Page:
Photo Credit Brian Dempsey

6. Cost-Saving

In recent months we've been engaged by some local festivals with a very straightforward remit - to save them enough money on their suppliers to cover the cost of our involvement and more. People are starting to realise that there can be economies of scale to benefit from when you involve a professional company to help you organise your festival or event.

If your festival only runs once a year then, from a business perspective, your suppliers are unlikely to be giving you much of a discount. However, if we've events running every week for a wide variety of clients, we likely get significantly discounted rates from suppliers. We're also likely to be using good, reliable suppliers too.

So, there's potential for you to make a cost-saving that will cover the costs of us being involved and more. One of the festivals we worked with on that basis was the 'Malahide Has It' Festival and it worked out really well for them. It won't work that way for every festival or event but it's worked for the happy clients we've done it for.


7. Family Fun

There has been a major increase in the amount of 'family fun' event requests coming in. There's also been a bit of a shift in thinking in relation to what clients actually want as part of their family fun event. People seem to be looking for something more than the usual face painters and balloon modellers. Those are good and they're always popular but clients want something a bit more.

For instance, we did this series of activity for in 2 locations in Dublin city centre last Summer over 6 weeks and probably the most popular element of it was a gyroscope. People loved it as they don't see them around too often so it's something a little unusual. Even the corporates are really focusing on the family fun angle for their events. There's a big movement on at the minute for organisations to involve their employees' families in these events. We did a great one for Etsy where we did a BBQ Garden Party featuring a lot of family fun day elements for the employees' children. The weather helped, in fairness, and it was a super event.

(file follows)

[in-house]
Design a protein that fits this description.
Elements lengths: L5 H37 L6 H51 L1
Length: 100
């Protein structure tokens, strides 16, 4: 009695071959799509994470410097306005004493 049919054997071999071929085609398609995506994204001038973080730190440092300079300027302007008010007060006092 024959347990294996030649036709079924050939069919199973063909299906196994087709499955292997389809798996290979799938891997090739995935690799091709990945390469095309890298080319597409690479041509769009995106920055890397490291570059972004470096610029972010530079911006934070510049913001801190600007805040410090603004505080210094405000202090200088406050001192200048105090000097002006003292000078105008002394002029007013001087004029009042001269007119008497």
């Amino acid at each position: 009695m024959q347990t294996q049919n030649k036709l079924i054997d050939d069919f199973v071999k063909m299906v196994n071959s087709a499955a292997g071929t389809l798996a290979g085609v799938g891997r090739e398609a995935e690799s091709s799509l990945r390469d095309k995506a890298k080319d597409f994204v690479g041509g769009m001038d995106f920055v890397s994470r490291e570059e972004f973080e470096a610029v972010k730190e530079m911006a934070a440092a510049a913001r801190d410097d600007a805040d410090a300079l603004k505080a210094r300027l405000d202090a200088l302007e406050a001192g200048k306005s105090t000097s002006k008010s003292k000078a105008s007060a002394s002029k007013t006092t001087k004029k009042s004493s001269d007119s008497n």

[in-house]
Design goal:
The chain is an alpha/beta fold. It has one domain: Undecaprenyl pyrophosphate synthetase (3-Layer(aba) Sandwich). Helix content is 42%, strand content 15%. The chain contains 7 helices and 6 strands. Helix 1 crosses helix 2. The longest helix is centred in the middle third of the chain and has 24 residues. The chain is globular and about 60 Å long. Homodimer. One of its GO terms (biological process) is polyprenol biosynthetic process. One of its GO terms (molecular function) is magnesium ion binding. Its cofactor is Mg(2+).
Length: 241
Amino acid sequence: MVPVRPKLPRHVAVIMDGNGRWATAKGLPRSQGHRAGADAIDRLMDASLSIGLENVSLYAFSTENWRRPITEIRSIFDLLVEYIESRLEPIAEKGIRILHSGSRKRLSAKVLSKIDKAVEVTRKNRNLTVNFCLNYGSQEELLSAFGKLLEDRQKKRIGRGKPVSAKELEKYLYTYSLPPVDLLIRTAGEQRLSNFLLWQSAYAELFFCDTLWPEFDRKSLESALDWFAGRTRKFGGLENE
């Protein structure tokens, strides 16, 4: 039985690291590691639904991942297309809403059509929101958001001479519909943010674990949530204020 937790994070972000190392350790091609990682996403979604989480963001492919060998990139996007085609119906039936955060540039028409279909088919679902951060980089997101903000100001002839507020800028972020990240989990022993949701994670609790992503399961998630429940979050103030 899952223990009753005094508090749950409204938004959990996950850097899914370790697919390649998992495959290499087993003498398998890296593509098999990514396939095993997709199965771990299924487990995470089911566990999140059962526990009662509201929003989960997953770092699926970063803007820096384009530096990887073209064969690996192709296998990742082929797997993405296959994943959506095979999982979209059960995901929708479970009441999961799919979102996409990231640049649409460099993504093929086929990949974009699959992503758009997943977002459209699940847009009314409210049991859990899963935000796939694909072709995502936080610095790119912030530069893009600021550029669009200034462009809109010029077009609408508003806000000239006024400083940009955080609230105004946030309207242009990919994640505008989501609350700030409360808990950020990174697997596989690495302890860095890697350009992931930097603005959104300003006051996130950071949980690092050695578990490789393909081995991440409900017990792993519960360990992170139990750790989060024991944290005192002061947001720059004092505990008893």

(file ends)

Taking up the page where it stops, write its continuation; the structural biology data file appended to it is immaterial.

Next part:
The Bottom Line

You're going to see more and more smaller festivals and events springing up. They'll be better run than you might expect with a real focus on giving you an experience you'll remember. There'll be an obvious focus on attracting families and giving something for the kids and the parents. You'll see some festivals and events organised and you'll think 'There's hardly enough people interested in that, is there?'. There likely are and it could be very successful.


Mark is one of a Co-Founder of Cuckoo Events. He is an experienced Event Controller & Safety Officer and has been working in event management for over 18 years. He is also a SAGE Business 'Expert' & a Graduate Member of the Marketing Institute of Ireland. Cuckoo Events is an event management business with a particular specialisation in Event Safety. Beyond that Cuckoo does everything from running local festivals to fire parades, large national charity events to gigs on college campuses and anything in between that they know they can do well.

Follow Mark & keep up-to-date with Cuckoo here

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Written By

Mark Breen